Serum 1,25-dihydroxy vitamin D is inversely associated with body mass index

Institute of Clinical Medicine, University of Tromsø, Tromsø, Norway.
European Journal of Nutrition (Impact Factor: 3.84). 04/2008; 47(2):87-91. DOI: 10.1007/s00394-008-0700-4
Source: PubMed

ABSTRACT Based on in vitro studies, it has been hypothesized that 1,25-dihydroxy vitamin D (1,25-vit D) may promote weight gain in humans, but previous studies have demonstrated conflicting results regarding the association between serum 1,25-vit D and body mass index (BMI).
To evaluate the relation between serum 1,25-vit D and BMI.
Two thousand one hundred and eighty-seven subjects, recruited from a metabolic and medical lifestyle management clinic, were included in a cross-sectional study. BMI, 25-hydroxy vitamin D (25-OH-vit D) and 1,25-vit D were measured. The cohort was divided according to BMI in five groups (<25, 25-29.9, 30-34.9, 35-39.9 and >39.9 kg/m(2)). Statistical analyses were performed with multiple linear regression models. Age and gender were used as explanatory covariates.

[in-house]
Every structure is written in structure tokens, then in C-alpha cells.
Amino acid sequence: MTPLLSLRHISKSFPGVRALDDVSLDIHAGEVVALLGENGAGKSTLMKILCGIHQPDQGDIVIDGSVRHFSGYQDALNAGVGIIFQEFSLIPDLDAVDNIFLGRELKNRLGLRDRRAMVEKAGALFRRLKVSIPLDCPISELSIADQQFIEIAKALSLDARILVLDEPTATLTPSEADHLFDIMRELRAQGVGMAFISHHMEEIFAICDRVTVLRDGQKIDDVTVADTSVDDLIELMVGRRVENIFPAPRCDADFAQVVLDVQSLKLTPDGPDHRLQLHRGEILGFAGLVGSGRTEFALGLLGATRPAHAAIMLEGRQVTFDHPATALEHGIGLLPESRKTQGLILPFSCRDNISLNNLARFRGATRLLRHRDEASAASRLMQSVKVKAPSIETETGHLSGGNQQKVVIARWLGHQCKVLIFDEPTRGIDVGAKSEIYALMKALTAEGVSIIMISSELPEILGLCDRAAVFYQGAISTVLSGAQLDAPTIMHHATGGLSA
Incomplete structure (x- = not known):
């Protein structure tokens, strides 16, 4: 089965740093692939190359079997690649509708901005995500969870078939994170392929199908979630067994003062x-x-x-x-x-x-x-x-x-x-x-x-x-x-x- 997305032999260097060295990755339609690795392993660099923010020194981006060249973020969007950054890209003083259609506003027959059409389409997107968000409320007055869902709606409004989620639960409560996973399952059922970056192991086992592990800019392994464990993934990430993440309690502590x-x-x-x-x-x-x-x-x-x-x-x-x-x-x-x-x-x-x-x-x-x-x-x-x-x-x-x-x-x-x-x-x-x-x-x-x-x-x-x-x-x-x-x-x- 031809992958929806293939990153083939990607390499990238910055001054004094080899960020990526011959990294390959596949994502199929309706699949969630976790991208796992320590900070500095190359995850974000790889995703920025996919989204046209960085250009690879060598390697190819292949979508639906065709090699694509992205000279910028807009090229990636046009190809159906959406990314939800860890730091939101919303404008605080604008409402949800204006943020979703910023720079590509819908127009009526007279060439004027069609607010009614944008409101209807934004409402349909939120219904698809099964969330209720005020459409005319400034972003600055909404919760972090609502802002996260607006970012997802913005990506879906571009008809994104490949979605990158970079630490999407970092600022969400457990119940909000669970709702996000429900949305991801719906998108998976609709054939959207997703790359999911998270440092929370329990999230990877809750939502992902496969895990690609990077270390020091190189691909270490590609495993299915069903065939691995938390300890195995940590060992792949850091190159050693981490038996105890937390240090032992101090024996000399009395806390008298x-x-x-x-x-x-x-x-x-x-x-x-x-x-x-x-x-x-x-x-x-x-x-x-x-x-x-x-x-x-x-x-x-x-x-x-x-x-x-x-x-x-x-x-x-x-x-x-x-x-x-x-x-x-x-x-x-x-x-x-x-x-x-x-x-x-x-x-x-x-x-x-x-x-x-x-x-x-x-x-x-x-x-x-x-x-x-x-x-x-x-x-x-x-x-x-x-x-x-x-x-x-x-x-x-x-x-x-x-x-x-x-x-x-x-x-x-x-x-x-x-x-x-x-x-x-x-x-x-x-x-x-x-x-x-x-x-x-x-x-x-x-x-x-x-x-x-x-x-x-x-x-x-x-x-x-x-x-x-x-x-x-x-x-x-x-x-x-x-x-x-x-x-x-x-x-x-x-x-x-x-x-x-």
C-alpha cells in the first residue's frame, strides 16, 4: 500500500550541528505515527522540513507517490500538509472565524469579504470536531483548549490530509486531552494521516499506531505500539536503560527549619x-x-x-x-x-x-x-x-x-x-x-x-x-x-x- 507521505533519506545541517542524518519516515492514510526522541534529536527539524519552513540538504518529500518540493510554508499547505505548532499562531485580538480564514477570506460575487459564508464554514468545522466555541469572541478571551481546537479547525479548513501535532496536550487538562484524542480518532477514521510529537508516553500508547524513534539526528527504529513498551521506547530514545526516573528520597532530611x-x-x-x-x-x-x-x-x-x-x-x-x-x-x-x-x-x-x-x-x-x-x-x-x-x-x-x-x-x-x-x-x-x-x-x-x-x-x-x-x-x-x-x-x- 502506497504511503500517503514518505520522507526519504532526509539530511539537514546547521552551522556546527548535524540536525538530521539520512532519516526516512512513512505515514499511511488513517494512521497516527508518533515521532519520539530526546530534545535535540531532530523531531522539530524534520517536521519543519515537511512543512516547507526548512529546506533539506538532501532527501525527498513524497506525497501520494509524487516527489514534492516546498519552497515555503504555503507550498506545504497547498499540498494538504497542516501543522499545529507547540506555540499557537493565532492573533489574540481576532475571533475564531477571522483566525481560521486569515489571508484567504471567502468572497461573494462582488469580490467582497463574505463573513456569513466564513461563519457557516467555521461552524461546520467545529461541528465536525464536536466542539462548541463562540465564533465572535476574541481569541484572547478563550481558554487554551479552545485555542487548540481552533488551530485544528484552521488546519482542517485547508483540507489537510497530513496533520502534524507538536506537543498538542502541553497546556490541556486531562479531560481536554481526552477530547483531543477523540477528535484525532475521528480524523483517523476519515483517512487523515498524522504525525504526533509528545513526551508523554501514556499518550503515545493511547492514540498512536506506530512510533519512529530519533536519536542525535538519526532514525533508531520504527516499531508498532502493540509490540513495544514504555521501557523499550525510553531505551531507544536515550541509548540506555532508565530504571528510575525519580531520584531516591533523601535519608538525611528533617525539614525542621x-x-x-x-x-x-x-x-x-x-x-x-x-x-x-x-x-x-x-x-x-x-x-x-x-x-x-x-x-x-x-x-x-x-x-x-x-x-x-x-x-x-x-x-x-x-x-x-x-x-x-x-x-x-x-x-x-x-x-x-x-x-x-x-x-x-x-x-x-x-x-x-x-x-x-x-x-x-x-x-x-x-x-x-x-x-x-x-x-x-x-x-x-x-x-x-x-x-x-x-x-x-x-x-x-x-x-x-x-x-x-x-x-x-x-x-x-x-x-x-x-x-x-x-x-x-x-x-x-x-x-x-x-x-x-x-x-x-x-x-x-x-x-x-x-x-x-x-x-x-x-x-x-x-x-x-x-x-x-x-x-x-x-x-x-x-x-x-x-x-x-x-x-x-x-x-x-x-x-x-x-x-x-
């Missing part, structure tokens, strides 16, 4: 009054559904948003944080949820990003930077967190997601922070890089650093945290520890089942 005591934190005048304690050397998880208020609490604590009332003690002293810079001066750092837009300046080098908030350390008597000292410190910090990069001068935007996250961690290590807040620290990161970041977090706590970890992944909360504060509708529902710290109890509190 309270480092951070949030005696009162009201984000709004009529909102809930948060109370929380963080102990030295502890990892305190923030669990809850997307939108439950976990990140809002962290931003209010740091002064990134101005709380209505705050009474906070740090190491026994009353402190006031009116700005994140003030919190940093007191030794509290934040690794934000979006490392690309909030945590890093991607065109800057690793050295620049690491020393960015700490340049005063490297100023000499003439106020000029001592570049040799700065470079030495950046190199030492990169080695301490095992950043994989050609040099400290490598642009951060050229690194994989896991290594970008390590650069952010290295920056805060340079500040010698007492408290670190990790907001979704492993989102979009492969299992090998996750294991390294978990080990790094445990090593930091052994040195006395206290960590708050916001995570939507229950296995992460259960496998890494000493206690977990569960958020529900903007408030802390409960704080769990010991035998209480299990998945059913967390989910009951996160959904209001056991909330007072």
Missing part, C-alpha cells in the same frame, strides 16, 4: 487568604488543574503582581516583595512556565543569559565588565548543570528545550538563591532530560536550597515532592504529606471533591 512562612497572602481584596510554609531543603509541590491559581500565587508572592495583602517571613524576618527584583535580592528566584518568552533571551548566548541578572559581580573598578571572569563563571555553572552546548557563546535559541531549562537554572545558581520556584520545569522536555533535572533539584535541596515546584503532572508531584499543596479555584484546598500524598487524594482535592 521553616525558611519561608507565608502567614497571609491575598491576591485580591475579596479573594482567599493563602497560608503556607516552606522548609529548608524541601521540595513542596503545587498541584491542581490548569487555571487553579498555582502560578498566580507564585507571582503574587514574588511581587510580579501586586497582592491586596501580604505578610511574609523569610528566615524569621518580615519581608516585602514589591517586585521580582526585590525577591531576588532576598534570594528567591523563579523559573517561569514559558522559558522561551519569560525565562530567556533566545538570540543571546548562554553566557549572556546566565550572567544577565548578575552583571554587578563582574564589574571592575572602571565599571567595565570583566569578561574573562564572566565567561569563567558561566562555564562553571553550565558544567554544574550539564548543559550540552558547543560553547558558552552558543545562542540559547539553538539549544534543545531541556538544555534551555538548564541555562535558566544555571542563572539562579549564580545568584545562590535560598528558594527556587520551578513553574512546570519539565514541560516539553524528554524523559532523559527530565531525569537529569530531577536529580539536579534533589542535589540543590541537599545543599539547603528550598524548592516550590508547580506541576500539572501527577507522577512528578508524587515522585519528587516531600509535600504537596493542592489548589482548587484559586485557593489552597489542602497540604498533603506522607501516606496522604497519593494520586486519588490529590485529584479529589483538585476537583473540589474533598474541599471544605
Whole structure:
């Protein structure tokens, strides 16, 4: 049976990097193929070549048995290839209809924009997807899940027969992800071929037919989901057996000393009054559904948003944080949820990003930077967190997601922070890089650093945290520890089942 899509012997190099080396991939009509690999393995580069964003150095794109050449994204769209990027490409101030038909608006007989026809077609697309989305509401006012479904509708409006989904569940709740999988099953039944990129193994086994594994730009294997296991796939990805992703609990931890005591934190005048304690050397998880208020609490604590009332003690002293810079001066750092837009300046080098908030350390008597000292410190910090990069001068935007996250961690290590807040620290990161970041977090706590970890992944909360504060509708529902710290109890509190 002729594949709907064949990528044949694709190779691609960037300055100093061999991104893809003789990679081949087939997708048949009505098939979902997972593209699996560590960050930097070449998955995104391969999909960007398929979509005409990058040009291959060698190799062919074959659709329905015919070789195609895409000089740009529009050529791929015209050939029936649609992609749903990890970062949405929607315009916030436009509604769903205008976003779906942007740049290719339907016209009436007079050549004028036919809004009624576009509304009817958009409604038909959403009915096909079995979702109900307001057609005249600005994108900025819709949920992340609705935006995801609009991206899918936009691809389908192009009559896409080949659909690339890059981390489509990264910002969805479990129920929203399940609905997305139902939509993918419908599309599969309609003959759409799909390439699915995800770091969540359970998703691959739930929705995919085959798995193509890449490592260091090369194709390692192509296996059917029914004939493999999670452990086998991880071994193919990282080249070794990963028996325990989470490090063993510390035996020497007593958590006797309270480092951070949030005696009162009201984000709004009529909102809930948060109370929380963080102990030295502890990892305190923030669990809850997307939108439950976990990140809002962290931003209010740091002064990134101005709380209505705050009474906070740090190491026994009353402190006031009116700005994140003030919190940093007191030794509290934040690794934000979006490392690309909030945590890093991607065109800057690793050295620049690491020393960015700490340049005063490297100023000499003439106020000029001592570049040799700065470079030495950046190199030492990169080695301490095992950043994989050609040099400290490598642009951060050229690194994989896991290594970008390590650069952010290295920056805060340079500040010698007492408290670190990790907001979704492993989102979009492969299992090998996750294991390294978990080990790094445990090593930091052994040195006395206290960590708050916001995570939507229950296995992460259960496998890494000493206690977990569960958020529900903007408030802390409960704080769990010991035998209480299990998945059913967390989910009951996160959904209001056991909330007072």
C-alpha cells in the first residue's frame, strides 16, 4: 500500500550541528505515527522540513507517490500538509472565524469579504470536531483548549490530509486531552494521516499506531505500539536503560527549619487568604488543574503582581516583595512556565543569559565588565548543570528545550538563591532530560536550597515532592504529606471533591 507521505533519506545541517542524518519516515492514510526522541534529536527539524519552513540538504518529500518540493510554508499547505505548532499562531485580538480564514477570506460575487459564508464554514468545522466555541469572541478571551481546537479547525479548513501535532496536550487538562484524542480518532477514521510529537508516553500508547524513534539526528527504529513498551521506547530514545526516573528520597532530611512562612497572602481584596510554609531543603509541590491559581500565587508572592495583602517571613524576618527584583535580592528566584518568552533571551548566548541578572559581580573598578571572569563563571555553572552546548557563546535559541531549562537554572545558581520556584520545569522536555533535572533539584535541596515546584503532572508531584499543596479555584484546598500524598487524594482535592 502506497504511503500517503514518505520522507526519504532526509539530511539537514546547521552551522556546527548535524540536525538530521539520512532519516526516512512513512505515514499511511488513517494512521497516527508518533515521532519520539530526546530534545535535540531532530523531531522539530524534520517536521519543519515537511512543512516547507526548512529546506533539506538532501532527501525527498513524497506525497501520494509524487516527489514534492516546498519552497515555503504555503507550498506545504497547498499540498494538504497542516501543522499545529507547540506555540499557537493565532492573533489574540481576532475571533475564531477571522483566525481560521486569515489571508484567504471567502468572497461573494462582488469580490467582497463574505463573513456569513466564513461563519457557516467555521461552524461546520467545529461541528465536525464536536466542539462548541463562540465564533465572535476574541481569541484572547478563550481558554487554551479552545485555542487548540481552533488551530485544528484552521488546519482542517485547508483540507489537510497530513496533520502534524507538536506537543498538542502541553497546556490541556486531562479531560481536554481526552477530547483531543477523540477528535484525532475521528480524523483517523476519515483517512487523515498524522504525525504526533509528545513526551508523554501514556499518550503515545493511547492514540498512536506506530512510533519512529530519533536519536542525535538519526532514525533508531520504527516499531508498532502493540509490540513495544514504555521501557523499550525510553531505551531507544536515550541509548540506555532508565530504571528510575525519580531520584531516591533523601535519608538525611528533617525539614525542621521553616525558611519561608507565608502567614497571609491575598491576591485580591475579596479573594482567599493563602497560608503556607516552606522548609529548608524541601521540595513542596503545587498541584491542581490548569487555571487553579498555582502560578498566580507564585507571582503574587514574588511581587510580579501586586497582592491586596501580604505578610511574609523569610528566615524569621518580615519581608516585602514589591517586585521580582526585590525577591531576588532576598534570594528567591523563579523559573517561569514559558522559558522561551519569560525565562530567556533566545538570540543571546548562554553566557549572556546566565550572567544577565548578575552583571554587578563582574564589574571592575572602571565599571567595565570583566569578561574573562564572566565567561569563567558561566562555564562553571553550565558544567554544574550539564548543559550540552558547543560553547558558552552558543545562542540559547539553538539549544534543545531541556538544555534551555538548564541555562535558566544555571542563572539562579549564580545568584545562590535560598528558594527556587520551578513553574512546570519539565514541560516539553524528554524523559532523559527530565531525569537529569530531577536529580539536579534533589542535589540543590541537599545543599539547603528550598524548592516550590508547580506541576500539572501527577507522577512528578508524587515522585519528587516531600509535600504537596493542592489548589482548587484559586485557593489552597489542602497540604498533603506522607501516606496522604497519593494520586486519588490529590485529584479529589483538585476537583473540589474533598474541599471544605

With increasing BMI group, there was a significant decrease in both serum 25-OH-vit D and 1,25-vit D (P<0.001). Those with BMI >39.9 kg/m(2) had 24% lower serum 25-OH-vit D levels and 18% lower 1,25-vit D levels than those with BMI <25 kg/m(2).
There is an inverse association between BMI and the serum levels of 25-OH-vit D and 1,25-vit D. This makes it highly unlikely that high levels of circulating 1,25-vit D contribute to the development of obesity.